“As with all hazards, the short and long-term impact of COVID-19 has been shaped by the environment into which it has emerged. The reason that COVID-19 has turned into a disaster is essentially to do with how we organize and structure society. That’s affecting the extent to which the disease is transmitted, but also the type of public health and other measures we choose to take and the extent to which we can undertake them. This also means that managing crises and the recovery from them must take into consideration other interacting threats and challenges that inevitably create a more complex situation. Governments will always be making decisions during crises, about all different aspects of the crisis, but there can be a tendency within governments to parcel up responsibilities, and to see different aspects as discrete events, but in fact they overlap in space and time” says Few.
To illustrate this point, the Briefing refers to the recurrent droughts that have affected many areas of the Horn of Africa, including Ethiopia, from 2015 onwards. Responses to the droughts tended to focus on the most immediate needs: providing water and food for those affected. But research has demonstrated how the implications of the drought for local populations were entangled with other factors, such as changes in land-use and access to water sources, and more recently a severe locust invasion. By focusing on responding to water scarcity without considering the wider reasons behind that scarcity, crisis management actions did not address the underlying vulnerabilities that continued to affect the region after the worst of the drought was over.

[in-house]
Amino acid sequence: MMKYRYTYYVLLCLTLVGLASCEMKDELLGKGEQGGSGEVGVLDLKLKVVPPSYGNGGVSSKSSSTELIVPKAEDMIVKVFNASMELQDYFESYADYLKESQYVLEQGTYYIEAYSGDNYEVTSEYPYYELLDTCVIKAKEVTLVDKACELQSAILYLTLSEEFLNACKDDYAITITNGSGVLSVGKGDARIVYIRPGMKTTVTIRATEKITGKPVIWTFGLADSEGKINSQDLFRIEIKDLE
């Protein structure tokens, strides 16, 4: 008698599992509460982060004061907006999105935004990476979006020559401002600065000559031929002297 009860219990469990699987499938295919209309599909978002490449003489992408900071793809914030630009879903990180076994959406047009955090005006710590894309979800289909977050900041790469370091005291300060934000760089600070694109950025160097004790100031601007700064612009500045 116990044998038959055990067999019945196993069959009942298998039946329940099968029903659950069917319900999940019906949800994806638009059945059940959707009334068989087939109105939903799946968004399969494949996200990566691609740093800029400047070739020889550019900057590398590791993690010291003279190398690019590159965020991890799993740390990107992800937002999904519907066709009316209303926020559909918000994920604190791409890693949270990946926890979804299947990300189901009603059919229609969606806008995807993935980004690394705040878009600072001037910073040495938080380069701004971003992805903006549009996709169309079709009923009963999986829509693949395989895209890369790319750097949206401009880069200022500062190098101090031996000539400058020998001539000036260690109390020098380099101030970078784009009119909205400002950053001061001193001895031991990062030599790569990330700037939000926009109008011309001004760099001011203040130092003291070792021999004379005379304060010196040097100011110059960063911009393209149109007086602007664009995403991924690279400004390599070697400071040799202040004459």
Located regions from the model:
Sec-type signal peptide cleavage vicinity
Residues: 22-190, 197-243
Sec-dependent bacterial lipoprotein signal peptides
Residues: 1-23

And just as the wider context is affecting how COVID-19 affects people, planning for the post-pandemic period must recognize that interacting threats and issues can influence the course of recovery. We are already seeing how the impacts of the COVID-19 crisis are being experienced very differently by people depending on where they live, their age, gender, ethnicity, their job status and ability to access healthcare, among other factors, and recovery measures will also be experienced differently.
The authors note that “poorer social groups are often more susceptible to downstream impacts that emerge well after the hazard event”, calling upon decision-makers to ensure that recovery actions do not entrench existing inequities.
Most importantly, research shows that responding does not have to be reactive, and that we need to look beyond narrow short-term fixes focussed on the most immediate aspects of the crisis. Instead, planning for an equitable and sustainable recovery must include consideration of the implications of recovery actions for different people in different places and across different timescales. There are important lessons to be drawn from what’s worked and what hasn’t for recovery from other disaster situations, and there is a critical role for social scientists in highlighting available evidence, carrying out comparative work, and sparking new interactions that can support knowledge sharing.
This is a global pandemic, and we need to work globally, drawing on learnings from across the world and seeking conversations between different actors, including those who are most vulnerable to the negative impacts of the pandemic and who have the most challenges for recovery. The Briefing also offers a hopeful note, highlighting how support for activities at the grassroots level, such as through the creative arts, can help to build resilience and help communities to implement their own recovery actions. Rather than being powerless recipients of aid and recovery actions, communities affected by the pandemic are agents of change with a crucial role to play in shaping recovery for the long term.
Read the full Briefing: COVID-19 Crisis: Lessons for Recovery.
Photo: EU/ECHO Samuel Marie-Fanon via Flickr.